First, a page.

Matt, as also mentioned, getting a real starting OF changes the calculus completely which is why your Blackmon idea is about the best out there. I actually think it's so good an idea that it could never possibly happen (sigh)- maybe if the O's use Bundy..... Excepting that the Orioles have three bench slots to fill (nine position players including Caleb and utility IF by Flaherty for the tenth). Reimold seems like a sure thing. I think Paredes and Rickard have an inside track if they perform well in the Spring. Alvarez, Hoes, and Urrutia will make a great OF at Norfolk. Reimold and Paredes are the only two to have ever shown above average ability in the majors at least for short stretches. If Blackmon were to come in, Paredes and Rickard would be on the bubble. If Paredes had shown even the slightest ability to PH, he'd stick. I think they saw enough of Alvarez last year and were playing Reimold in September. It's not a fascination with any option; it's an analysis of what can done with the existing options. I was also responding to the other Anon who just wants to dump Reimold and Paredes as failures. We diss on Paredes but he has really only had one shot in the league so far - last year.

Jon Shepherd said...

It is difficult to keep all these anons straight. Ha.

Anonymous said...

Also, for this season, among the hitters, the key to the season is rebounds from Wieters, Hardy, and Flaherty and positive contributions (WAA-wise) from Kim and Trumbo. That is where the whole season lies no matter what trades happen from here on. On the pitching side, Gausman has to replace Chen's numbers and Tillman and Gonzalez must rebound and someone has to provide positive value in the middle innings (Garcia, Wright, McFarland). Without significant additions or changes, these are the things that have to happen. How well Davis plays RF is way down on the list of concerns.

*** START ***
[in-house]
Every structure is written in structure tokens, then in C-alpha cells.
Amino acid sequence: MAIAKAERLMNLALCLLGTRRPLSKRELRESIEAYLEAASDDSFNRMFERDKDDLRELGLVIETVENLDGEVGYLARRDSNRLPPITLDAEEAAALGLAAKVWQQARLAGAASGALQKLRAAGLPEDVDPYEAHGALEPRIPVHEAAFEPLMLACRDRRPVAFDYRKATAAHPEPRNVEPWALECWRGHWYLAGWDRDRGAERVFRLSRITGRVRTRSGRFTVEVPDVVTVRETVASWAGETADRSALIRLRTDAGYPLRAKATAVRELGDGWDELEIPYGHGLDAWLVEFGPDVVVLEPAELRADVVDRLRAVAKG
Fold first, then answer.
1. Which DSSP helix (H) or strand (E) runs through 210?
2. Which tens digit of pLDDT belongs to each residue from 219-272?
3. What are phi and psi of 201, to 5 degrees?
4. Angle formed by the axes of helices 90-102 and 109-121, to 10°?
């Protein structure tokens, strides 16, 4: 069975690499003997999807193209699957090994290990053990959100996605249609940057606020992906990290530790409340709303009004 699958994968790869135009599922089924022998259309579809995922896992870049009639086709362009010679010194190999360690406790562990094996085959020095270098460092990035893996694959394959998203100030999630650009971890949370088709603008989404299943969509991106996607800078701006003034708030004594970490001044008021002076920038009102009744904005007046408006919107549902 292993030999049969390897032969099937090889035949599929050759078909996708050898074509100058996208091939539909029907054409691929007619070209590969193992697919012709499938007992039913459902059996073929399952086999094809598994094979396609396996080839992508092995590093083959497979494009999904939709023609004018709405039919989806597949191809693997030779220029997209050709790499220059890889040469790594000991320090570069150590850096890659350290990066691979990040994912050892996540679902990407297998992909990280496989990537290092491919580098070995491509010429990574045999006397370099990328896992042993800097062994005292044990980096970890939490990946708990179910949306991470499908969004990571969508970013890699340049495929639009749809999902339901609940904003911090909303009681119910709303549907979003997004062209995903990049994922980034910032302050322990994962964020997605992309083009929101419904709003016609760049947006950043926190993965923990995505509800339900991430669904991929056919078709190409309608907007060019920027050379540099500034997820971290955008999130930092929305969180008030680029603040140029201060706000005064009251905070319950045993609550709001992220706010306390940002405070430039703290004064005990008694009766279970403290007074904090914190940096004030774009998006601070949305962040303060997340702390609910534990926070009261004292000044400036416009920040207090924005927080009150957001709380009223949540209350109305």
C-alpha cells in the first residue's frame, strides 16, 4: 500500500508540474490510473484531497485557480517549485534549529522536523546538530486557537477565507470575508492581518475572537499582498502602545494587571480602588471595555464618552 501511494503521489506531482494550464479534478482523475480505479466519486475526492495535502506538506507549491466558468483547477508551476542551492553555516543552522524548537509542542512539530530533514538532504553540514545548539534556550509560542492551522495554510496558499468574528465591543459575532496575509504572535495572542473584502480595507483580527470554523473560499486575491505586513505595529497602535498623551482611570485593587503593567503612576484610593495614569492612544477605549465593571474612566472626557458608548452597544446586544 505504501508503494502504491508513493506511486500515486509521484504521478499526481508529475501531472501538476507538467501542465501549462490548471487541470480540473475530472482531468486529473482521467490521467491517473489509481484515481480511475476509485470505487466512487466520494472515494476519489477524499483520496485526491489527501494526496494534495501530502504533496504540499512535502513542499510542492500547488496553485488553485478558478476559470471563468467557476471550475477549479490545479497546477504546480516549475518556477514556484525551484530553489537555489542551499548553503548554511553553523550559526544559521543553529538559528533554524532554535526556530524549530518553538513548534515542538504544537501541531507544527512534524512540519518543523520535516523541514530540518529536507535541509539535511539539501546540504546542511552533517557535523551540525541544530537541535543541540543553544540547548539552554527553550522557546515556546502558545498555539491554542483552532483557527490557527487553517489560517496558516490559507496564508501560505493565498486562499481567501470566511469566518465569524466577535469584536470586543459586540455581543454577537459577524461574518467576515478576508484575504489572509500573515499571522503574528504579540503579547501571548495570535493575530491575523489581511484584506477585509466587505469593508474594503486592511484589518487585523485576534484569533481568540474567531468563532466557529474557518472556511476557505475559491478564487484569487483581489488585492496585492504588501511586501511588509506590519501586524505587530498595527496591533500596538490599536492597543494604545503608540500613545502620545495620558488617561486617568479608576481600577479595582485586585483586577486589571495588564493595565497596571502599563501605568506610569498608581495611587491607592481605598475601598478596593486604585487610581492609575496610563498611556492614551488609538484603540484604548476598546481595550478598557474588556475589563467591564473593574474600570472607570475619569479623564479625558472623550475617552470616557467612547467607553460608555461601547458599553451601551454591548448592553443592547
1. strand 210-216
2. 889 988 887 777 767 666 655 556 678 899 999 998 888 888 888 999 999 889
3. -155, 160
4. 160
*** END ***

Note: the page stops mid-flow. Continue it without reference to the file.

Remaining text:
P said...

Garcia is spending the rest of his life at Bowie.

Anonymous said...

Hey P, please read Ryan's article on Garcia's improvement in the second half. Plus he is very young and was expected to perform as he did last year as a young Rule 5. I actually agree with your earlier post on Verrett. Seemed like a really good bet to perform well. IT would have made for some very limited flexibility early on (maybe even having Gausman spend more time at AAA). But, by the time we knew how bad Norris was going to be, Verrett would have been a blessed arm to have. And Gausman could have been treated with more consistency (or Wilson or Wright could have stayed at AAA). It's a real shame the way that turned out.

P.S. I apologize, Jon, I think I attributed the Blackmon suggestion to Matt above.....

Anonymous said...

Blackmon could be had for Matusz and Walker.

Jon Shepherd said...

I will pass that on to Dan.